As one of the oldest agricultural products, cabbage has been cultivated for thousands of years all across the globe. Today, we have many different types of cabbage to choose from and the delicious international culinary traditions to match. As a result, it’s easy to make this cruciferous vegetable a staple in a balanced, healthy diet. Let’s discover the most common types of cabbage available and learn how to use them in recipes from around the world!


When you think of cabbage, you probably think of green cabbage, with smooth, pale green leaves on the outside and white to yellowish leaves on the inside. Green cabbages are very solid, packing a lot of density into a ball the size of a softball. If you’re picking one up at the store, choose one that feels heavy for its size. If you’re growing it at home, it will be ready for harvest when you press on it, and it feels firm with little to no give.

Green cabbage is most commonly used in cold dishes. Slather it in your favorite dressing, toss it with a few other veggies, and you’ve got an easy salad. You can also shred it with carrots and apples, mix in some mayonnaise and vinegar, and enjoy a fresh summer coleslaw. That said, cooking green cabbage brings out its sweeter flavors. Try it next time in your go-to weeknight stir-fry recipe, or braise the leaves to use as wraps for cabbage rolls.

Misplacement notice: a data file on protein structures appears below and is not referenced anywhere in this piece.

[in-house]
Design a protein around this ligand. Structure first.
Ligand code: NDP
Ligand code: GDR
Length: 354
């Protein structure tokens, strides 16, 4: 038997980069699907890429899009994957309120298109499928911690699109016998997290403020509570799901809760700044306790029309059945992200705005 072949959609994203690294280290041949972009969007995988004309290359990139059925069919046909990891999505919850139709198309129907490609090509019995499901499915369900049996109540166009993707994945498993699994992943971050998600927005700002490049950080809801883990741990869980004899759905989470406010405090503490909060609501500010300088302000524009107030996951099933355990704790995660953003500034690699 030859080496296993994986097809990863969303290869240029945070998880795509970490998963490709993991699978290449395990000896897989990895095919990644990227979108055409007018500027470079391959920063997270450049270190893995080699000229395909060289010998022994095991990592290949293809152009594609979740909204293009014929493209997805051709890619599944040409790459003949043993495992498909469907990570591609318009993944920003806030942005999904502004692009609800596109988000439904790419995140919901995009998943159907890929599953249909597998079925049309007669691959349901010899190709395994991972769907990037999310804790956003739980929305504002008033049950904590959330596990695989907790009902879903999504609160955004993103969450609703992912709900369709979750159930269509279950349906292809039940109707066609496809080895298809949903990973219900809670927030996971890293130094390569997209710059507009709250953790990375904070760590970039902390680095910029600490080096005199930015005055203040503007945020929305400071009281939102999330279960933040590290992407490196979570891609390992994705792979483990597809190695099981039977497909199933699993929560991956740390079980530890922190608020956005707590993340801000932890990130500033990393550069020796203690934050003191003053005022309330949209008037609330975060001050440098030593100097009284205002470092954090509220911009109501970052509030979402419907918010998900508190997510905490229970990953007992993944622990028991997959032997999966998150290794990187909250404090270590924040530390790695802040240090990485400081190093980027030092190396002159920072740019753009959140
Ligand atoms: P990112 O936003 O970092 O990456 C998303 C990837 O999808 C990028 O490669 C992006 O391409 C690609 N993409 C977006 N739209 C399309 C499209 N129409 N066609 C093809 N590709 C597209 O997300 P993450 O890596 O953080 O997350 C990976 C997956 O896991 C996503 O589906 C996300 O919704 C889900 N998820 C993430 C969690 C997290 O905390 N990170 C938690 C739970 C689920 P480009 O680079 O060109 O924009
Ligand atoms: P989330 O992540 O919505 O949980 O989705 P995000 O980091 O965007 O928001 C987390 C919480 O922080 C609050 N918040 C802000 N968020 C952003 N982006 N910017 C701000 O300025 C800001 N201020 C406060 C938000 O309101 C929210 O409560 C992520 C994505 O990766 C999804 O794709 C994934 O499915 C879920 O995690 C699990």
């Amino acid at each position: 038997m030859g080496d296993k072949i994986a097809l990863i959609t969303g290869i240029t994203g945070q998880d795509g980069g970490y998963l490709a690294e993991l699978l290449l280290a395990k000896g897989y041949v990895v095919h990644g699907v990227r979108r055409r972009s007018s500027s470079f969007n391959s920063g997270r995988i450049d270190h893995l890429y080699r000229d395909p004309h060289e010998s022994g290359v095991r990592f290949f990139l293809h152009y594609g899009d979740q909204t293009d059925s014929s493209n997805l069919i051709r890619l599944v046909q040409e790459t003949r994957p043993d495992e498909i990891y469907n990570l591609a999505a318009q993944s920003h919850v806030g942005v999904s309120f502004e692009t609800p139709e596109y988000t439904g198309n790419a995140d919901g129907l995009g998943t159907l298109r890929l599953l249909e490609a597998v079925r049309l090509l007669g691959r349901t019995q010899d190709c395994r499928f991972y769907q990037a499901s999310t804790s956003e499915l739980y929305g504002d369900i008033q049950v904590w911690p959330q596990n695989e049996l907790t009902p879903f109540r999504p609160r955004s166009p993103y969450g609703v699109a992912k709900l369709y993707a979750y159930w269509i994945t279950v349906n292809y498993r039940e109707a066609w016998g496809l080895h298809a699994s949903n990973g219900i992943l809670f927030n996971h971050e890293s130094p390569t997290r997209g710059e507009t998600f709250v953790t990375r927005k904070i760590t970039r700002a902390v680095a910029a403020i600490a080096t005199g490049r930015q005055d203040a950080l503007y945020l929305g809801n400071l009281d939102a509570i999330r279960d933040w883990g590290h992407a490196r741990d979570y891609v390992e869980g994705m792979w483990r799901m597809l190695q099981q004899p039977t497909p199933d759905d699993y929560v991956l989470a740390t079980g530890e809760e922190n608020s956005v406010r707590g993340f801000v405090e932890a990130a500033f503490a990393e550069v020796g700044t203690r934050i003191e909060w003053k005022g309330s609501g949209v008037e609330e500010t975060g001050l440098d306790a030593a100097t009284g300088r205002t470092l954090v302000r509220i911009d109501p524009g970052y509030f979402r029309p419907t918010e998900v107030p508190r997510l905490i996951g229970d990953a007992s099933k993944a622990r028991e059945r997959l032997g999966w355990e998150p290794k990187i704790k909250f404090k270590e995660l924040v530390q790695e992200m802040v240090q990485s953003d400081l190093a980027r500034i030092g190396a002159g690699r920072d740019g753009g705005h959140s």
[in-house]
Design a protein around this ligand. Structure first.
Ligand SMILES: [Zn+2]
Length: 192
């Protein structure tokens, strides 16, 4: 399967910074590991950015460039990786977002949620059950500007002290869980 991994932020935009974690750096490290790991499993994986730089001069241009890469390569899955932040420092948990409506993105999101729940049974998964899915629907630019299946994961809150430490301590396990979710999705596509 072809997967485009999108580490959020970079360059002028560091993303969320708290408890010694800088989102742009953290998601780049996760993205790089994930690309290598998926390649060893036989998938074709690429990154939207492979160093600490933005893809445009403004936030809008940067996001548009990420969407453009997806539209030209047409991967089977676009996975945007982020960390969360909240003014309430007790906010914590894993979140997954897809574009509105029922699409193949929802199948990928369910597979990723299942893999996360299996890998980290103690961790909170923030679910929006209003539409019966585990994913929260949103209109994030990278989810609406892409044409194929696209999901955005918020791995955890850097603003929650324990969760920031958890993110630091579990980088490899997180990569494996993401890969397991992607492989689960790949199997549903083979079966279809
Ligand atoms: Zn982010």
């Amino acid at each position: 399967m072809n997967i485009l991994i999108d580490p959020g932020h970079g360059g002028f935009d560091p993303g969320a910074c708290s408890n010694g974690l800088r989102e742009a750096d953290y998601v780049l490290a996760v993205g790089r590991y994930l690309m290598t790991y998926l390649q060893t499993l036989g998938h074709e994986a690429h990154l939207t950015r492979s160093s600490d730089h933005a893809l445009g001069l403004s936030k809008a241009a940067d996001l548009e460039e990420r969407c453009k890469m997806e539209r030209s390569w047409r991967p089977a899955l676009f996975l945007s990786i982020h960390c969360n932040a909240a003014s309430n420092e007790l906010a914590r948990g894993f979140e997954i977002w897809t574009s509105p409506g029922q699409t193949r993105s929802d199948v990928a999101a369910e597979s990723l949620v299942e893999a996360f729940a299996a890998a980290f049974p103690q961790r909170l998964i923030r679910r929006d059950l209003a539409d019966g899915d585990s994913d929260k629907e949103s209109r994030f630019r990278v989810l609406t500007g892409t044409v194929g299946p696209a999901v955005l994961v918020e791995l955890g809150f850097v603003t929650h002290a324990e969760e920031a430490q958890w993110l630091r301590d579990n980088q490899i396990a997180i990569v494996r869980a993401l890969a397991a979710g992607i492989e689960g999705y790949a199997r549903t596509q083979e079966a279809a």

With its vibrant magenta and purple hues, red cabbage stands out as the most attractive cousin in the brassica family. Its tightly packed leaves weave spirals of violet throughout the head rather than showing color variation. When cooked, it turns a beautiful indigo-blue color unless doused in vinegar.

Like green cabbage, red cabbage is a vitamin C-rich addition to your salads and coleslaws. You can also use it as a topping on burgers or tacos, giving your guilty pleasure meals an additional serving of veggies plus a kick of peppery flavor and crunch. However, the possibilities for red cabbage go far beyond just salads and toppings. Did you know you can also fry, braise, and bake it? With this kind of versatility in the kitchen, red cabbage deserves to be the main character in your next culinary adventure!


White cabbage is a type of green cabbage that has exceptionally pale leaves. Though they were most common in the Mediterranean region, white cabbage became popular in the Netherlands and Germany. These cabbages get their white color from the lack of sunlight during the cold growing season and their ability to be frozen and stored for several months.

Though its leaves are practically colorless, they are full of vitamins and minerals. Vitamins B, C and K, manganese, calcium, and phosphorus make white cabbage an excellent addition to your nutrition plan. Stuff the leaves with ground beef, rice, mushrooms and vegetables to make cabbage rolls. Braise the leaves to a reddish purple color in a hearty borscht soup. Or, use white cabbage in authentic German and Polish tradition: sauerkraut adds a tangy, briny note to kielbasa, Reuben sandwiches, and pierogies.